Hyperledger (or the Hyperledger project) is an umbrella project of open source blockchains and related tools, started in December 2015 by the Linux Foundation, and has received contributions from IBM, Intel and SAP Ariba, to support the collaborative development of blockchain-based distributed ledgers. It was renamed Hyperledger Foundation in October 2021.
In December 2015, the Linux Foundation announced the creation of the Hyperledger Project. The founding members of the project were announced in February 2016 and ten further members and the makeup of the governing board were announced March 29. On May 19, Brian Behlendorf was appointed executive director of the project.
The objective of the project is to advance cross-industry collaboration by developing blockchains and distributed ledgers, with a particular focus on improving the performance and reliability of these systems (as compared to comparable cryptocurrency designs) so that they are capable of supporting global business transactions by major technological, financial and supply chain companies. The project will integrate independent open protocols and standards by means of a framework for use-specific modules, including blockchains with their own consensus and storage routines, as well as services for identity, access control and smart contracts. Early on there was some confusion that Hyperledger would develop its own bitcoin-type cryptocurrency, but Behlendorf has unreservedly stated that the Hyperledger Project itself will never build its own cryptocurrency.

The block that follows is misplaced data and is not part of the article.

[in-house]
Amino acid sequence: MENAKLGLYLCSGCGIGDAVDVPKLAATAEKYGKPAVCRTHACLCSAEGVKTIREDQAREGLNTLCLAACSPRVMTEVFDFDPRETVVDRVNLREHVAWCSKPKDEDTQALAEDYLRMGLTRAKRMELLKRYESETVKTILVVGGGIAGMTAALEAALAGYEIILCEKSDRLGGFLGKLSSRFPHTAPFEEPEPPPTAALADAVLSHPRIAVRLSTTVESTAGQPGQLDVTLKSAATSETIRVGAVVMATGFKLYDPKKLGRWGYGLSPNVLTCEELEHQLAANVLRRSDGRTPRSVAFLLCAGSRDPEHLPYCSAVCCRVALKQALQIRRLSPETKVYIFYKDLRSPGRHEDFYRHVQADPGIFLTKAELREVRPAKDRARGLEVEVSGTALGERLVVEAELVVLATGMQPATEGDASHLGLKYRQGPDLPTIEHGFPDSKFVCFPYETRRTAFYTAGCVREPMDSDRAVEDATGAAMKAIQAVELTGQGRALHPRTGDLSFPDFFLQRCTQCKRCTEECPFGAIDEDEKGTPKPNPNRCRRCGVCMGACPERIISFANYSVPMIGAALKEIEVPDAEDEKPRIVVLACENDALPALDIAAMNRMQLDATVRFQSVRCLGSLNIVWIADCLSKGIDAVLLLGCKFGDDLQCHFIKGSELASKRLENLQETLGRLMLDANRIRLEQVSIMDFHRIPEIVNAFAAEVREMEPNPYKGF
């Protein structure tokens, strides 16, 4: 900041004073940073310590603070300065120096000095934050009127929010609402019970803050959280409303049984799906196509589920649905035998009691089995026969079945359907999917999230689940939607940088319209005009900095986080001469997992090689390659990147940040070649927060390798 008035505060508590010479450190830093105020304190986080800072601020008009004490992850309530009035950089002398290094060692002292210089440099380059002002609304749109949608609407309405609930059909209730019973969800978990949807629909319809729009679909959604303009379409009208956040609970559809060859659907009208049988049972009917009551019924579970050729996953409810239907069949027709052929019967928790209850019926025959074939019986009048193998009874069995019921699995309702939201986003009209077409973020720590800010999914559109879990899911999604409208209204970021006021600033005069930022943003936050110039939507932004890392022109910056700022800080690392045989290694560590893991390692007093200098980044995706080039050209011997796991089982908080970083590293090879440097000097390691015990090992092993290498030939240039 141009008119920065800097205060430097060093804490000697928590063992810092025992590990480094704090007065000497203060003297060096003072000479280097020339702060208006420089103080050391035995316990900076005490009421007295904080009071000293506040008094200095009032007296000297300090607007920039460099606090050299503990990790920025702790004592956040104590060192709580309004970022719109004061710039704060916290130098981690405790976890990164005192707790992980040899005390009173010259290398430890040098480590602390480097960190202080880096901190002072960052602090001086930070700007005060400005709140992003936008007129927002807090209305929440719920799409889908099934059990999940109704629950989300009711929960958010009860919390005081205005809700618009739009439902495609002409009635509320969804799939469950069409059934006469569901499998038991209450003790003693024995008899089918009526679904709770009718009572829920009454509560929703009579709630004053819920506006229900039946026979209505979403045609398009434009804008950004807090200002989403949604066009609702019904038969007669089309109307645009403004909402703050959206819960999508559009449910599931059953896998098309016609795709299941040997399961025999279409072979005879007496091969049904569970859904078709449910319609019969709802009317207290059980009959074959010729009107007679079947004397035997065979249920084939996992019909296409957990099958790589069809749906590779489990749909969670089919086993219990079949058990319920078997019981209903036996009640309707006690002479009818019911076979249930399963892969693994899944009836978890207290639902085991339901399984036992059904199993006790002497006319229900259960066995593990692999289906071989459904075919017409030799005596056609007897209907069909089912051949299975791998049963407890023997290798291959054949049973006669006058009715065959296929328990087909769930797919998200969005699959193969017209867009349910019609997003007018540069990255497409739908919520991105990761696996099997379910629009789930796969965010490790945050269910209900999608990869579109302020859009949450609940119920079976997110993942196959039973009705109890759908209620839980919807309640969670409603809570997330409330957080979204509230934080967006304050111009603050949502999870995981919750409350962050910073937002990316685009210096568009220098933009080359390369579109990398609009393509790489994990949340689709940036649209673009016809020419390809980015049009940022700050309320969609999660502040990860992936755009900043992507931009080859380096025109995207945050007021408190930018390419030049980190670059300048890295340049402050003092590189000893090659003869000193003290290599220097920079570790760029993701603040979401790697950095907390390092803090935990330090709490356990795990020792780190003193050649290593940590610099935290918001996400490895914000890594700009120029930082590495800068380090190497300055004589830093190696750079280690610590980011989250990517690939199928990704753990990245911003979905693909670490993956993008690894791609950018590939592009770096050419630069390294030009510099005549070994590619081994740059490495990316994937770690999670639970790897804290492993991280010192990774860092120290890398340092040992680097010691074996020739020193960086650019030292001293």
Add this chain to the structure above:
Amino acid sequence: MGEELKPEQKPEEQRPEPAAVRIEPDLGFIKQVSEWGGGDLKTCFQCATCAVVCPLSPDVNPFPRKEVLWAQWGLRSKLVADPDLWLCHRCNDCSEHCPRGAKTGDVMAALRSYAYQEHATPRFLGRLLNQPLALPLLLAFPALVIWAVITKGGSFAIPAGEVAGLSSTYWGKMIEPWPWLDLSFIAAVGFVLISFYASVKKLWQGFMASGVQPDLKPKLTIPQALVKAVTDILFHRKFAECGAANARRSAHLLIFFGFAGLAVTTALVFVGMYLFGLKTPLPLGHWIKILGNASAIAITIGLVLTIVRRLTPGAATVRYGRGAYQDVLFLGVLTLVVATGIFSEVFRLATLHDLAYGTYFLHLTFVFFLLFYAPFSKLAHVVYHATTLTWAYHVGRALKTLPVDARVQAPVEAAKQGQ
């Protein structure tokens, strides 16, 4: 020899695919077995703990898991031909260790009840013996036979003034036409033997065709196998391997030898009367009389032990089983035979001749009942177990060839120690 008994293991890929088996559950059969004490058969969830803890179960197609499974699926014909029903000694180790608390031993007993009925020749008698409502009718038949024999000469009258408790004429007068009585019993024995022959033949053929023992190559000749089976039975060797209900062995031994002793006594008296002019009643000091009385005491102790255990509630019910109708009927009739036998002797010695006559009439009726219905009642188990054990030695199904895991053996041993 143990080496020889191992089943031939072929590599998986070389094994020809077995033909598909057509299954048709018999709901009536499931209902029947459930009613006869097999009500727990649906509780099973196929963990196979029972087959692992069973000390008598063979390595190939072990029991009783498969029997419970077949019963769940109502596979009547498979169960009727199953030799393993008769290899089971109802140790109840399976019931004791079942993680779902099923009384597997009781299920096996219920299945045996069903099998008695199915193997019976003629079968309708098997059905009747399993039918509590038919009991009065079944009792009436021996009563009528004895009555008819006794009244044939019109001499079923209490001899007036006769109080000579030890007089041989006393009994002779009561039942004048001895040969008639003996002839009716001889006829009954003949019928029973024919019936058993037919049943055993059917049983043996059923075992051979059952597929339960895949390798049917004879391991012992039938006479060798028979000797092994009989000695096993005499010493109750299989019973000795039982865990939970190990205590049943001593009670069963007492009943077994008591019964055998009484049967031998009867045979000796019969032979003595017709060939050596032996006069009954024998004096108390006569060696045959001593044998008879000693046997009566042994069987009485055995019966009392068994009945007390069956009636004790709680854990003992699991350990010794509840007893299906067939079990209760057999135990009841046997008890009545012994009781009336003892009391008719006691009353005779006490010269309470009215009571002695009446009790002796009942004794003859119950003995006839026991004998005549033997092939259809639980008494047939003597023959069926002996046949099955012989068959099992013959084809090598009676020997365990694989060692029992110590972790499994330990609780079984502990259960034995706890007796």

In early 2016, the project began accepting proposals for incubation of codebases and other technologies as core elements. One of the first proposals was for a codebase combining previous work by Digital Asset, Blockstream's libconsensus and IBM's OpenBlockchain. This was later named Fabric. In May, Intel's distributed ledger, named Sawtooth, was incubated.
In January 2018, Hyperledger released the production-ready Sawtooth 1.0. In January of 2019, the first long-term-support version of Hyperledger Fabric (v1.4) was announced.
Daniela Barbosa was named executive director of Hyperledger Foundation in October of 2021.
Early members of the initiative included blockchain ISVs, (Blockchain, ConsenSys, Digital Asset, R3, Onchain), well-known technology platform companies (Cisco, Fujitsu, Hitachi, IBM, Intel, NEC, NTT DATA, Red Hat, VMware), financial services firms (ABN AMRO, ANZ Bank, BNY Mellon, CLS Group, CME Group, the Depository Trust & Clearing Corporation (DTCC), Deutsche Börse Group, J.P. Morgan, State Street, SWIFT, Wells Fargo, Sberbank), business software companies like SAP, academic institutions (Cambridge Centre for Alternative Finance, Blockchain at Columbia, UCLA Blockchain Lab), systems integrators and others (Accenture, Calastone, Wipro, Credits, Guardtime, IntellectEU, Nxt Foundation, Symbiont, Smart Block Laboratory).
The governing board of the Hyperledger Project consists of ten members chaired by Robert Palatnick, (managing director and chief technology architect for DTCC), and a fifteen-member Technical Steering Committee chaired by Tracy Kuhrt, Associate Director, Blockchain and Multiparty Systems Architecture, at Accenture.
Besu is an enterprise-grade Ethereum codebase.